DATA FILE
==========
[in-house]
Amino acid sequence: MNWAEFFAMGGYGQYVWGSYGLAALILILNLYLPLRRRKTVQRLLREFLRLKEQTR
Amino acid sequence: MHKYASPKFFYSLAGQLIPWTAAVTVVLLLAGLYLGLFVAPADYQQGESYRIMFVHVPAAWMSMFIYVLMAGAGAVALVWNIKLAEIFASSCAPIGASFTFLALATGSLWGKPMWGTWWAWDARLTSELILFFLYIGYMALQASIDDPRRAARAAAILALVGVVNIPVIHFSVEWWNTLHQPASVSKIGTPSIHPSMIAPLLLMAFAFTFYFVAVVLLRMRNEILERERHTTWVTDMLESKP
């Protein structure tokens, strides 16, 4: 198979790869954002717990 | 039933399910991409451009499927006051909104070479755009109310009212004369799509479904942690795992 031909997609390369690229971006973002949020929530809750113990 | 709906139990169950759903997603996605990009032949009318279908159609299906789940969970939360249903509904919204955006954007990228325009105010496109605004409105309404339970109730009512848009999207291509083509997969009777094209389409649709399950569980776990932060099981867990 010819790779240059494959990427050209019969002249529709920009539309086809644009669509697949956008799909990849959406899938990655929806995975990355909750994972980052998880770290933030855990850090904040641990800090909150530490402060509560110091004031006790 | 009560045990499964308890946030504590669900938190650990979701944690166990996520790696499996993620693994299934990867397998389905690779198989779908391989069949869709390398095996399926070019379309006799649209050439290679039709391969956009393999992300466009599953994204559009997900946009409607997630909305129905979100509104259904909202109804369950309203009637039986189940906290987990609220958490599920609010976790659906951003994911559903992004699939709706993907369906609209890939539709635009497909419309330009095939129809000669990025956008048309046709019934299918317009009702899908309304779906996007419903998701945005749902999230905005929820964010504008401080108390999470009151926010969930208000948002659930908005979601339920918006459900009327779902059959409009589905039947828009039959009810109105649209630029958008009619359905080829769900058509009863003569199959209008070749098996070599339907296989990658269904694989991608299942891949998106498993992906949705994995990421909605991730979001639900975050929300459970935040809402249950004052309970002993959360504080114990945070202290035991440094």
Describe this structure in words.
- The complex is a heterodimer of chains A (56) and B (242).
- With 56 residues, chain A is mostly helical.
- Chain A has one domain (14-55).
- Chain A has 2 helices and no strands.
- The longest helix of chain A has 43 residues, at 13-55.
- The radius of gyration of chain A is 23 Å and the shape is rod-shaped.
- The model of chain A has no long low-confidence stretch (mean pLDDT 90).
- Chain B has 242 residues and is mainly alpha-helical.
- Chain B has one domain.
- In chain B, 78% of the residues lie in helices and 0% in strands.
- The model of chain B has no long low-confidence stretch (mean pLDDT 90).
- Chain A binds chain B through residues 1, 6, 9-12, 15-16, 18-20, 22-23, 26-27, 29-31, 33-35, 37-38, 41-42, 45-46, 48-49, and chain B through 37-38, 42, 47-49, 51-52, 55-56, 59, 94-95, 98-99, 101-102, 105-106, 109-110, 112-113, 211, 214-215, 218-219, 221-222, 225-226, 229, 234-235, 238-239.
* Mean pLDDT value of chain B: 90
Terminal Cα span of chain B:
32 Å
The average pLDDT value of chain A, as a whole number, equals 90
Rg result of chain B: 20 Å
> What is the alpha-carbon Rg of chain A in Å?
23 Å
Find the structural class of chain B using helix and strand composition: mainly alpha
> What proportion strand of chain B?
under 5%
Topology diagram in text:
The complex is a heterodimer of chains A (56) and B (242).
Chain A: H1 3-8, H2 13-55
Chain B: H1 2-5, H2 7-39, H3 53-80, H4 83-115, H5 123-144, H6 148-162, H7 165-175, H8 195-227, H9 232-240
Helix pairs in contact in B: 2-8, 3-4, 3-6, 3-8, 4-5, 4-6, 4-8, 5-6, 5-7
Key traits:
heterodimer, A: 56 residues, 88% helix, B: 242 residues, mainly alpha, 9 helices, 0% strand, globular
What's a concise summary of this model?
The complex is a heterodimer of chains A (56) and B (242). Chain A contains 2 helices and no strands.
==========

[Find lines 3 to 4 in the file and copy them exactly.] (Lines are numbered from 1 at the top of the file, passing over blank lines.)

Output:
Amino acid sequence: MHKYASPKFFYSLAGQLIPWTAAVTVVLLLAGLYLGLFVAPADYQQGESYRIMFVHVPAAWMSMFIYVLMAGAGAVALVWNIKLAEIFASSCAPIGASFTFLALATGSLWGKPMWGTWWAWDARLTSELILFFLYIGYMALQASIDDPRRAARAAAILALVGVVNIPVIHFSVEWWNTLHQPASVSKIGTPSIHPSMIAPLLLMAFAFTFYFVAVVLLRMRNEILERERHTTWVTDMLESKP
């Protein structure tokens, strides 16, 4: 198979790869954002717990 | 039933399910991409451009499927006051909104070479755009109310009212004369799509479904942690795992 031909997609390369690229971006973002949020929530809750113990 | 709906139990169950759903997603996605990009032949009318279908159609299906789940969970939360249903509904919204955006954007990228325009105010496109605004409105309404339970109730009512848009999207291509083509997969009777094209389409649709399950569980776990932060099981867990 010819790779240059494959990427050209019969002249529709920009539309086809644009669509697949956008799909990849959406899938990655929806995975990355909750994972980052998880770290933030855990850090904040641990800090909150530490402060509560110091004031006790 | 009560045990499964308890946030504590669900938190650990979701944690166990996520790696499996993620693994299934990867397998389905690779198989779908391989069949869709390398095996399926070019379309006799649209050439290679039709391969956009393999992300466009599953994204559009997900946009409607997630909305129905979100509104259904909202109804369950309203009637039986189940906290987990609220958490599920609010976790659906951003994911559903992004699939709706993907369906609209890939539709635009497909419309330009095939129809000669990025956008048309046709019934299918317009009702899908309304779906996007419903998701945005749902999230905005929820964010504008401080108390999470009151926010969930208000948002659930908005979601339920918006459900009327779902059959409009589905039947828009039959009810109105649209630029958008009619359905080829769900058509009863003569199959209008070749098996070599339907296989990658269904694989991608299942891949998106498993992906949705994995990421909605991730979001639900975050929300459970935040809402249950004052309970002993959360504080114990945070202290035991440094």